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Readings for Today

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Photo Credit: Nick Kenrick//flickr

Christian hope has always held in tension the twin realities of the already and the not yet – the Lord has come, and the Lord is coming.

Both are real. Ezekiel’s vision is eschatological. On the one hand the waters out of the east are already flowing and producing abundance, but the promised new paradise rising from the east is not yet. Still, Ezekiel finds hope and solace in this vision of a new creation offered to him by the angel.

Waking up to the current environment crisis is a bit like getting “a clean heart,” with which we can really see the environmental challenges unfolding in the world all around us. We are like the sick man in the story of John’s gospel and have been healed of our previous listlessness. In my meditation today, I find myself invited, with Ezekiel, to avoid all temptation to despair and to abide in the hope that God will not abandon the project of creation.

Reflection Questions:

  • How do you manage the tension between the already and the not yet in your life of prayer?
  • What does it mean to live into the vision of the promised new creation?

John O’Keefe is a Professor of theology at Creighton University where he also moonlights as a documentary filmmaker. As a theologian, he writes and teaches about ancient Christianity and ecological theology. As a filmmaker, he is the producer of the Backpack Journalism Project at Creighton, a program that uses the tool of documentary filmmaking to educate undergraduate students about the challenges facing people in the developing world and marginalized societies. O’Keefe directed the award-winning short documentary Tokimane, which is set in the Democratic Republic of the Congo. O’Keefe and his wife Kathy live in Omaha and have four adult children.

 

John O'Keefe

John O’Keefe is a Professor of theology at Creighton University where he also moonlights as a documentary filmmaker. As a theologian, he writes and teaches about ancient Christianity and ecological theology. As a filmmaker, he is the producer of the Backpack Journalism Project at Creighton, a program that uses the tool of documentary filmmaking to educate undergraduate students about the challenges facing people in the developing world and marginalized societies. O’Keefe directed the award-winning short documentary Tokimane, which is set in the Democratic Republic of the Congo. O’Keefe and his wife Kathy live in Omaha and have four adult children.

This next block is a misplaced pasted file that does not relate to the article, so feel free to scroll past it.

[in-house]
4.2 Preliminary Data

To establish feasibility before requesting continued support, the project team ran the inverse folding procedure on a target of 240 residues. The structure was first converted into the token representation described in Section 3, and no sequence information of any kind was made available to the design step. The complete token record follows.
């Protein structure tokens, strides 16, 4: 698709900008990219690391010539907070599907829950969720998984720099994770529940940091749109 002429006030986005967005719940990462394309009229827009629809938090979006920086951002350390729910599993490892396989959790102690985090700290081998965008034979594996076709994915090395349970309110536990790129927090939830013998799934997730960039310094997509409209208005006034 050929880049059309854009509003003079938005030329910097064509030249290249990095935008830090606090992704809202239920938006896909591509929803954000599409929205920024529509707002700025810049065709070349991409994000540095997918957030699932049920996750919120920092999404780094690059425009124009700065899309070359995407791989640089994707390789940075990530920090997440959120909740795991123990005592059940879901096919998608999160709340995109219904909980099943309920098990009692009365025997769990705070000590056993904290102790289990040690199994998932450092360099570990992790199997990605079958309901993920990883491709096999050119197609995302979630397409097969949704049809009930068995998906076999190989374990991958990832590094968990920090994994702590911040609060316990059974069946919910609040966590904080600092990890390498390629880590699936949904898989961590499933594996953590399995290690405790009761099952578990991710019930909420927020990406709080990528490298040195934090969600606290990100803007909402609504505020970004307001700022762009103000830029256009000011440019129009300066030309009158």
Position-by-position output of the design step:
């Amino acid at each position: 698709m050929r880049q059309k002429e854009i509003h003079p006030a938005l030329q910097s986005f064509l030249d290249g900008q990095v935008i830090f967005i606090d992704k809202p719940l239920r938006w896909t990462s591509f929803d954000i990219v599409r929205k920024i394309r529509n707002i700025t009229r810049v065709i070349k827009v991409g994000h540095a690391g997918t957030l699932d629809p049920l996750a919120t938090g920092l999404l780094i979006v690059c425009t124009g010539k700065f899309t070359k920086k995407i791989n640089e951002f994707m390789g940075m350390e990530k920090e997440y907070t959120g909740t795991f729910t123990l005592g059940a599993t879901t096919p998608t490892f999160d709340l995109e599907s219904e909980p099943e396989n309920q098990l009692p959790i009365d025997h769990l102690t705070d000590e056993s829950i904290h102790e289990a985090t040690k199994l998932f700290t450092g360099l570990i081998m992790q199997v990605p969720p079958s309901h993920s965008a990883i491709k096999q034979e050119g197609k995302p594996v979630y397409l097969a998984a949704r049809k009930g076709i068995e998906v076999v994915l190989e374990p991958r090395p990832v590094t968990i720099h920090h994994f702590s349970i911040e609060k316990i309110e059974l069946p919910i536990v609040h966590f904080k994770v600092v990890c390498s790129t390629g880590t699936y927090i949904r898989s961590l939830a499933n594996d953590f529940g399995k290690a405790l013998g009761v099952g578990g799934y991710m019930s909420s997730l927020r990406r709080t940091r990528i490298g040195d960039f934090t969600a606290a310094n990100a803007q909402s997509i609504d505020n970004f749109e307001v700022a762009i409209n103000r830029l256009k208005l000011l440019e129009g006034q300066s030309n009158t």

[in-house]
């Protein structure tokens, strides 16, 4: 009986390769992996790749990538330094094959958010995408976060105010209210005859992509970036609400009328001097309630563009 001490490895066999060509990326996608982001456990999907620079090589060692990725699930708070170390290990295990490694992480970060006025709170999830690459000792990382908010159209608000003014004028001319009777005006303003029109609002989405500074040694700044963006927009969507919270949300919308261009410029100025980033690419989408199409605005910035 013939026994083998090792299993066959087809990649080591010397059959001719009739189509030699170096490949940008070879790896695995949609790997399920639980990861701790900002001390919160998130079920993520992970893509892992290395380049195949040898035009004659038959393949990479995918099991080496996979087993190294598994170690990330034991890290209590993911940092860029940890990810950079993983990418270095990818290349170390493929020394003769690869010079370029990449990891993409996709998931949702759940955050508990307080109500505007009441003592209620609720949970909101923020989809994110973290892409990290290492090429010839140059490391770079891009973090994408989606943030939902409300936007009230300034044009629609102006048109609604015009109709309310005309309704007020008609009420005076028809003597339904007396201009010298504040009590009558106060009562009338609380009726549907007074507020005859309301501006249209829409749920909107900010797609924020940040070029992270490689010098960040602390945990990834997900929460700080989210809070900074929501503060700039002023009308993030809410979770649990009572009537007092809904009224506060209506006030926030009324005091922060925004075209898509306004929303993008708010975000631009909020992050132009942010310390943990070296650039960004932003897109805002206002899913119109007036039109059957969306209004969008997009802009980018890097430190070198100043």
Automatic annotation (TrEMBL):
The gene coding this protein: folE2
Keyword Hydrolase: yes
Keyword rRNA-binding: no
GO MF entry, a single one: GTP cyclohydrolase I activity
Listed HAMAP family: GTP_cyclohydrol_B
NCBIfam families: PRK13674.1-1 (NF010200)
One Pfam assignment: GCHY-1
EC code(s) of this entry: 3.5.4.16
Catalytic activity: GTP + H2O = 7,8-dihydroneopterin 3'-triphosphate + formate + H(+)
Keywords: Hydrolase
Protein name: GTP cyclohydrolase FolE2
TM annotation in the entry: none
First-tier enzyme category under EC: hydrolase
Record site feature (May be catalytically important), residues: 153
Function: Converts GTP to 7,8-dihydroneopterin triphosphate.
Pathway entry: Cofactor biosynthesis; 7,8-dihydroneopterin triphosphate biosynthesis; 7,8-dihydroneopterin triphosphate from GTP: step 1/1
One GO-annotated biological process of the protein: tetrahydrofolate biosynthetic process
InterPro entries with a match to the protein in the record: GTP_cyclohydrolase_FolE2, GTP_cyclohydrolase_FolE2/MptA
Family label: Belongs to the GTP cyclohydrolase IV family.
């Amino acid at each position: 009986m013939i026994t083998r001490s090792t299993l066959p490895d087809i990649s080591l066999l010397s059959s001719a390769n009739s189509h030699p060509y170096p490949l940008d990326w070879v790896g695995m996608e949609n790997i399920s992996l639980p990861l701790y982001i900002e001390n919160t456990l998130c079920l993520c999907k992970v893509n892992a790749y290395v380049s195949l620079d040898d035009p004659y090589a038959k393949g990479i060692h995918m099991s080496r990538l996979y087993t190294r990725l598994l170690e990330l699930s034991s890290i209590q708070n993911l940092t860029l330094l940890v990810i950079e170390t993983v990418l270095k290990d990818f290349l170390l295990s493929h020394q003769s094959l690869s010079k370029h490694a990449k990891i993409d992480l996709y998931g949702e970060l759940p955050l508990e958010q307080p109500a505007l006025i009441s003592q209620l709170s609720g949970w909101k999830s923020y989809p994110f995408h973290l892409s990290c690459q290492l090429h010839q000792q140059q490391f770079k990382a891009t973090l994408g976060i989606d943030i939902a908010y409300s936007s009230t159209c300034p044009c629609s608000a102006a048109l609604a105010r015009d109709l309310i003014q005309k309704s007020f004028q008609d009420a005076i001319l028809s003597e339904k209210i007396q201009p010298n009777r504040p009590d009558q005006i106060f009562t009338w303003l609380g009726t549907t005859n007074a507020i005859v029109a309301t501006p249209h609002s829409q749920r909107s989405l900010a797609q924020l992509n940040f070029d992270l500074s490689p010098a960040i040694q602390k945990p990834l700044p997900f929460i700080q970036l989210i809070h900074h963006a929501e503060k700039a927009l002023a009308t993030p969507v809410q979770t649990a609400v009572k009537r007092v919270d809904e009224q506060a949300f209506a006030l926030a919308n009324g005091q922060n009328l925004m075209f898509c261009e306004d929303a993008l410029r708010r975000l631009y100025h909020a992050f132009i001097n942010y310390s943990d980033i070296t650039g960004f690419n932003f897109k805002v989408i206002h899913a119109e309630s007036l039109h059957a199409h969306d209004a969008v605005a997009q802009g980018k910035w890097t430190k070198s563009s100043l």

1 reply
  1. Frank O'Brien says:

    Interesting that NCR states that Catholics are much more likely to be involved in the climate change issue than are other Christians. The only practical reason I can offer for this difference is Church leadership. I don’t see that evidenced in my local church, but there are certainly articles in virtually every Catholicc media on a national level.the fasting program however does come as a surprise.
    So church leadership is responsible for this enlightenment. The church needs to rejoice in this success , and continue to make a difference?by its messages.
    The promised new creation will not have people suffering through the church’s own merciless annulment process. After all, every one of these failed Catholic marriages has been preventable by the church. An easy fix for the church in both directions: don’t perform marriages unless absolutely certain of success, and if it failed admit the church’s mistake, and be merciful with a quick annulment. Eliminate unnecessary suffering of millions of people.

    Reply

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